Before earning Big 12 Defensive Player of the Week, and before leading West Virginia to an upset win against No. 15 Virginia Tech, redshirt sophomore Jared Bartlett dealt with loss, and with loss came a new life within his own game.
Earlier this summer, Bartlett’s brother passed away. With that passing came a renewed purpose, and according to head coach Neal Brown, it was excellent to see the hard work pay off for Bartlett.
“He had a great summer, he had a really good fall camp, and then he just did not play as well the first two games for whatever reason,” Brown said.
In June, Bartlett’s brother Richard was killed in a hit-and-run in Georgia. After suffering through that tragedy, it has been evident, that Bartlett has a new mindset everyday.
“Once that happened, he’s had a renewed focus, a seriousness about his preparation,” Brown said.
What has Bartlett taken away from his brother?
“With my brother passing away it put a lot of things into perspective,” Bartlett said. “Just not taking everyday for granted. Just trying to do the best I can do. Just trying to live up to his legacy— everything he taught me while he was here.”
That renewed focus and new perspective showed on Saturday. Bartlett recorded three sacks and three tackles for a loss.
“I was extremely pleased for him that [his work] paid off in a game situation, much less a rivalry game, in a couple huge moments for us,” Brown said.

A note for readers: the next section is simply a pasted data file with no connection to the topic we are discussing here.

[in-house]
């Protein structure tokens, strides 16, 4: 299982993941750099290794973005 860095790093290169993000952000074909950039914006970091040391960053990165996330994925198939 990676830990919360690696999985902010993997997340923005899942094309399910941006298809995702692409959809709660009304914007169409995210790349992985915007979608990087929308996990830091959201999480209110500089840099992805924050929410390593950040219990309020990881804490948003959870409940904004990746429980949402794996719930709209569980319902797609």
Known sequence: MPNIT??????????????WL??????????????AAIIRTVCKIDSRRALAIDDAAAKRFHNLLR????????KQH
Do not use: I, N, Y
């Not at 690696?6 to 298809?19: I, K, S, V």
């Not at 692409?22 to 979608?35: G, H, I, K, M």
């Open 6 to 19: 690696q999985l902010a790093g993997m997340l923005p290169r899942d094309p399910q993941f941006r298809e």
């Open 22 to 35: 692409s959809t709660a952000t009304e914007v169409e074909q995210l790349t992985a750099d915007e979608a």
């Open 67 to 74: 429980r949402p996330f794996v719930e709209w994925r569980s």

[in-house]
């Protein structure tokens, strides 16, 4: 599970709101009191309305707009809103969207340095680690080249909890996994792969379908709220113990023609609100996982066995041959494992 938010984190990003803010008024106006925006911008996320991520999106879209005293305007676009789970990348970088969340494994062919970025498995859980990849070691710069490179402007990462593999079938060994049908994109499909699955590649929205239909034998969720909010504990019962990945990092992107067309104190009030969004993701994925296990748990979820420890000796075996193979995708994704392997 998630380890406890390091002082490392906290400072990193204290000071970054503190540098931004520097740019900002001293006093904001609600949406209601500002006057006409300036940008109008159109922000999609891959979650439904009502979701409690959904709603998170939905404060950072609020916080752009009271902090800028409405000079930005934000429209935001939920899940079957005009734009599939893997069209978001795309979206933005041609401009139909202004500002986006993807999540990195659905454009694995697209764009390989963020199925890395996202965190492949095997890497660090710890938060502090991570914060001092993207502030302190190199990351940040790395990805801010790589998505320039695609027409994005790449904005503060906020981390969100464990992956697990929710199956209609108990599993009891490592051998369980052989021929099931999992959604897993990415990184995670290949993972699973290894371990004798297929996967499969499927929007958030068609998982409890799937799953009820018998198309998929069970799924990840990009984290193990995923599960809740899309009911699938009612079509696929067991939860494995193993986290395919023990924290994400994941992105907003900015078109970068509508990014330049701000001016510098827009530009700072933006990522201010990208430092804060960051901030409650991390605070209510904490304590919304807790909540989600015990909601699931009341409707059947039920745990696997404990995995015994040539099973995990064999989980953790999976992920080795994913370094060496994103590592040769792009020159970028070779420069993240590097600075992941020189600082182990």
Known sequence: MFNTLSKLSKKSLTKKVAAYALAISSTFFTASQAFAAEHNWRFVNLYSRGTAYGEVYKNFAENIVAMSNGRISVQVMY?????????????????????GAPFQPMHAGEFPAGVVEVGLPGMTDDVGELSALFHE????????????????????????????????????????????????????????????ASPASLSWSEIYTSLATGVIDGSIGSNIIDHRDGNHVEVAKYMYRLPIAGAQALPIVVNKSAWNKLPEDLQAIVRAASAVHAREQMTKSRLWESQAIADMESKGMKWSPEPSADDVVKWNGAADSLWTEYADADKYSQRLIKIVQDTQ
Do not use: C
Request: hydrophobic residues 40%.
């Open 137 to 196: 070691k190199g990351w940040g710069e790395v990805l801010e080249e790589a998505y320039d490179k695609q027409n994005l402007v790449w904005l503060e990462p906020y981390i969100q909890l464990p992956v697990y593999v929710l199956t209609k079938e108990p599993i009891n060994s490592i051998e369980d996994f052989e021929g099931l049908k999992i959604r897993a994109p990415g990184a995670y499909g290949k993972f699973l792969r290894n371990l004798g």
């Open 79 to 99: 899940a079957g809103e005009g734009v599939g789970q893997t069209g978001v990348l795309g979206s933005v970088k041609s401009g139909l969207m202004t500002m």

Bartlett said remembering his brother helps him focus on football, trying to keep a positive attitude on a daily basis.
“He always looked at things in a positive light. And that’s useful especially in the game of football. When you focus on the negative it’s hard to improve,” Bartlett said.
As for during the game on Saturday, Bartlett’s willingness to stay positive and improve helped him find success.
Brown said Bartlett went to defensive coordinator Jordan Lesley and said he wanted to rush the quarterback rather than try special technique to get around the offensive line. Lesley agreed to let Bartlett rush, and Brown said to Bartlett’s credit, it led to success.
“Me and coach Lesley have a pretty good relationship, so when I told him that I had an advantage he took a leap of faith and trusted me,” Bartlett said.
Moving forward, Bartlett will use the example his brother set, and his new way of approaching everyday life to try and help the Mountaineers compete in the Big 12.
Photo by Dale Sparks, All Pro Photography